This preview shows page 1. Sign up to view the full content.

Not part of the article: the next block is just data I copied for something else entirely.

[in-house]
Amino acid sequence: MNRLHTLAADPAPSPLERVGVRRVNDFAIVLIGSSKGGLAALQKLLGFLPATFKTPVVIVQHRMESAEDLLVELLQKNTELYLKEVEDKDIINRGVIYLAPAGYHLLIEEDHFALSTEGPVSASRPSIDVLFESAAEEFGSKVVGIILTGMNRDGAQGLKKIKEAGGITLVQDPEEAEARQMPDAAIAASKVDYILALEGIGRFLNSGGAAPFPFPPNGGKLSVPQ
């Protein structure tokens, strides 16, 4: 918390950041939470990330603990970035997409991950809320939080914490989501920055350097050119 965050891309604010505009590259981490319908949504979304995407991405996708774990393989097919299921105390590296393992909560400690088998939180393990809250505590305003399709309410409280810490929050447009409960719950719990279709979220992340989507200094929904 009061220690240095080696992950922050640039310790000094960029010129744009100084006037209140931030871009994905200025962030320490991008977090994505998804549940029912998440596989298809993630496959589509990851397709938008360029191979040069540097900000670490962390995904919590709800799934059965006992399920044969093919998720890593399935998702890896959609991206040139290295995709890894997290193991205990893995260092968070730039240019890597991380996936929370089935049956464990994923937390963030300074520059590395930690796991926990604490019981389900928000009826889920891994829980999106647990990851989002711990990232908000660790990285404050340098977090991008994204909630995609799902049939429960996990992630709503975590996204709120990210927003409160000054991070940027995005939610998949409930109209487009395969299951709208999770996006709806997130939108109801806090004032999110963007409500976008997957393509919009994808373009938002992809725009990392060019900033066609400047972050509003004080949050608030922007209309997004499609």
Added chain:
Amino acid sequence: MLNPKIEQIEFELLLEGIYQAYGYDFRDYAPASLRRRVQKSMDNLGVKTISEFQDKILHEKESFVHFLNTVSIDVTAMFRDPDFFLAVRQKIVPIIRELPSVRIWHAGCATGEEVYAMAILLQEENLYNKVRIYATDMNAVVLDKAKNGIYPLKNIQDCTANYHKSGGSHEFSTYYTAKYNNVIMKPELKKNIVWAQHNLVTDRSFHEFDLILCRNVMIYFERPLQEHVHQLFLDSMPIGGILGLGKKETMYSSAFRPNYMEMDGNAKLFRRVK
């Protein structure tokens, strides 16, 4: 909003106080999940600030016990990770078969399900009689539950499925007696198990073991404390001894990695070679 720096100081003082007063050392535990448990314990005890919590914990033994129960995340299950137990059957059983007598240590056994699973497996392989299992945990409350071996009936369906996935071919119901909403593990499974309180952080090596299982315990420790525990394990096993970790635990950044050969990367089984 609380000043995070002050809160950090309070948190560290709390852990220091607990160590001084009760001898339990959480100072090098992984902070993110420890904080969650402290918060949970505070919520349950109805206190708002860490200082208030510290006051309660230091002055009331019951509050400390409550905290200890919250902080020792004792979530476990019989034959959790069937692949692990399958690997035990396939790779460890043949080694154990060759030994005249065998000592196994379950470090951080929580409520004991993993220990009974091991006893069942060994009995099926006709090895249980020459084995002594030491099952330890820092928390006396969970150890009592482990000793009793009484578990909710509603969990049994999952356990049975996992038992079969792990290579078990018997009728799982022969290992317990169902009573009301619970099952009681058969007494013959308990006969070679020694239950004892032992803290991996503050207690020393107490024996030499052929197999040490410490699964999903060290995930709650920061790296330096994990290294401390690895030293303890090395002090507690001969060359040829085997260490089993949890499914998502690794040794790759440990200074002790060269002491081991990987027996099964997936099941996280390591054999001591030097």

Unformatted text preview: PSL302: Lecture 28, by Prof. MacKay! Monday, Nov. 22, 2010 Hypothalamus & Limbic System: Controller & Programmer of Autonomic Fxns